(Mar. 1, 1876-July 19, 1960) Frances Berry Coston was born in Rockhold, Kentucky, located in Whitley County on the southeastern border of the Commonwealth. She graduated from Berea College, which was established by abolitionist John Fee in Berea, Kentucky, in 1869 and dedicated to interracial education. Coston completed postgraduate work in literature and languages at the University of Chicago and was the first Black student to graduate from the Pulitzer School of Journalism at Columbia University. She also graduated from Harvard’s Starred Course in English for authors and journalists.
Coston had a lengthy career in education. She taught at Kentucky State College (Kentucky State University), a historically Black college and university (HBCU) located in Frankfort, Kentucky, before coming to Indianapolis where she began teaching English and mathematics in a series of segregated elementary schools in the(IPS) system in 1906. She taught at for the 1906-1907 and 1908-1909 school years, before she moved to IPS No. 17, where she remained until 1919.
In 1912, while she was teaching at IPS School No. 17, thehired Coston as a news correspondent. She wrote about the social issues affecting Indianapolis’ African American community. She also wrote literary reviews for the Book Review Department of the News.
When Branch 7 of the Equal Suffrage Association was founded in the home ofon June 25, 1912, Coston was among many public school teachers in attendance. Her unique position as a teacher and an employee of the News afforded her the platform to urge African American women to vote and to encourage Black women’s clubs to engage in community outreach to spread word of the importance of universal suffrage.
For her next IPS assignment, Coston became principal of School No. 68, located within the 21st Street. Her work at the asylum, also known as the “Colored Orphans Home,” gained national attention in the social services field. During the five years that she led the school, she found remedies for the inferior conditions in which the children lived and learned. She improved the facility and upgraded equipment through strict policy implementation and raised consciousness about the orphanage’s consistent overcrowding and insufficient funding. Heightened awareness of the facility’s deficiencies led the Marion County Board of Commissioners to take over its management from the Society of Friends in 1922., established by the at 317 West
Inspired by her work at the orphanage, Coston founded the Educational Aid Society in 1921, with the mission to help orphans achieve higher education. In this effort, Coston aimed to further the education of orphans, which usually ended at the primary level and occurred solely within the walls of the asylum, at IPS high schools. Coston also strove to place orphans in boarding schools and colleges once they finished their secondary education. Some enrolled at the Tuskegee Institute, Hampton College, or Fisk College (all HBCU’s). Others received scholarships to attend State Normal at Terre Haute (Indiana State University),, and the .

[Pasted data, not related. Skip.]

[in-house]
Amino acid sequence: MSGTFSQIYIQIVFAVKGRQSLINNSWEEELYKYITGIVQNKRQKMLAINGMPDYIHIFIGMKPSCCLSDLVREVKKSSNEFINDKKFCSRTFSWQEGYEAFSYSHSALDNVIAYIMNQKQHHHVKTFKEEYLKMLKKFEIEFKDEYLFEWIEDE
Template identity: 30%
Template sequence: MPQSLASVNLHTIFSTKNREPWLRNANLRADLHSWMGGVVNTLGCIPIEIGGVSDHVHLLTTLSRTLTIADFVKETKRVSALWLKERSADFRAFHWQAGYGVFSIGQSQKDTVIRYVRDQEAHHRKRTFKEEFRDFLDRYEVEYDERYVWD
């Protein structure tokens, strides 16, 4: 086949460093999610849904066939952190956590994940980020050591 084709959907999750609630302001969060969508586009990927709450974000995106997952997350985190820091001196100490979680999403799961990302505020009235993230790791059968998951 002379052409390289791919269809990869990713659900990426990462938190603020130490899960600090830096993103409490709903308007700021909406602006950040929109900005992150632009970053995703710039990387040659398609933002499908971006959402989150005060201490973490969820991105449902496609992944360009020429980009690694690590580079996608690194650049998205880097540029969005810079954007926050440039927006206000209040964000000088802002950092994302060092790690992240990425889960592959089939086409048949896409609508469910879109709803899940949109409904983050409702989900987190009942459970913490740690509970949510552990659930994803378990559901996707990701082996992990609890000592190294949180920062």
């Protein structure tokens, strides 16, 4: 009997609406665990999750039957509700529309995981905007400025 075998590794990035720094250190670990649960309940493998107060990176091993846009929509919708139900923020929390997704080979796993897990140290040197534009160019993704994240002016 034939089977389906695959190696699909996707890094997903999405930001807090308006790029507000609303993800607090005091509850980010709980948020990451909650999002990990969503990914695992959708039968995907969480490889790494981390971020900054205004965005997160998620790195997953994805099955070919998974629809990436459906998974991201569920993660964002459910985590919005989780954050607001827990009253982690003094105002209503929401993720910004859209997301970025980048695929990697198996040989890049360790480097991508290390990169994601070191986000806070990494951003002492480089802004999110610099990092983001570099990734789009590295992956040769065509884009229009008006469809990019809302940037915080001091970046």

Coston made noticeable progress in her fundraising for the Educational Aid Society. She doubled its endowment from $1,500 to $3,000, which she solicited doggedly from both Black and white benefactors. As a result of her work, management shifted to the Marion County Board of Commissioners and led to plans for a new orphan’s home, built between 1923 and 1924 at Keystone Avenue and East 25th Street. After leaving the Orphan Home, Coston became one of the first faculty members at the new segregated , which opened in 1927.
Coston maintained membership with the(WIC). She served as the WIC treasurer and as a fundraiser for its social service programs, namely its work with the fresh air camp for tuberculosis patients at Oak Hill and the fresh air school at McCoy School No. 24. Coston belonged to , the , and the Guild. She volunteered time as a probation officer for the Marion County Juvenile Court system, where she worked with both Black and white youth (See ).
In 1918, during, Coston became publicity director of the Colored Women’s War Work in Indiana. In this role, she provided data on women’s war work to the war department monthly. She also used her role at the News to publicize African American contributions toward the war effort.
After the war, Coston was named publicity chair of the Negro Women’s National Republican League, for Indiana. The organization’s primary goal was to form political organizations in every corner of the state to instruct Black women on the value of the vote and who to vote for in a presidential election. She continued as chair of publicity for thewell into the 1940s. Coston spent the last 14 years of her career in education at IPS School No. 19, from where she retired in 1951.
Married to George Coston, the couple had two children, daughter Jean Coston (b. 1916) and son Ray G. Coston (b. 1918). Daughter Jean Coston Maloney graduated from Oberlin Conservatory and Juilliard School of Music. She performed as a concert pianist in Chicago. Son Ray G. Coston became a successful physician in Chicago.
Frances Berry Coston died at the home of her daughter and was buried in.
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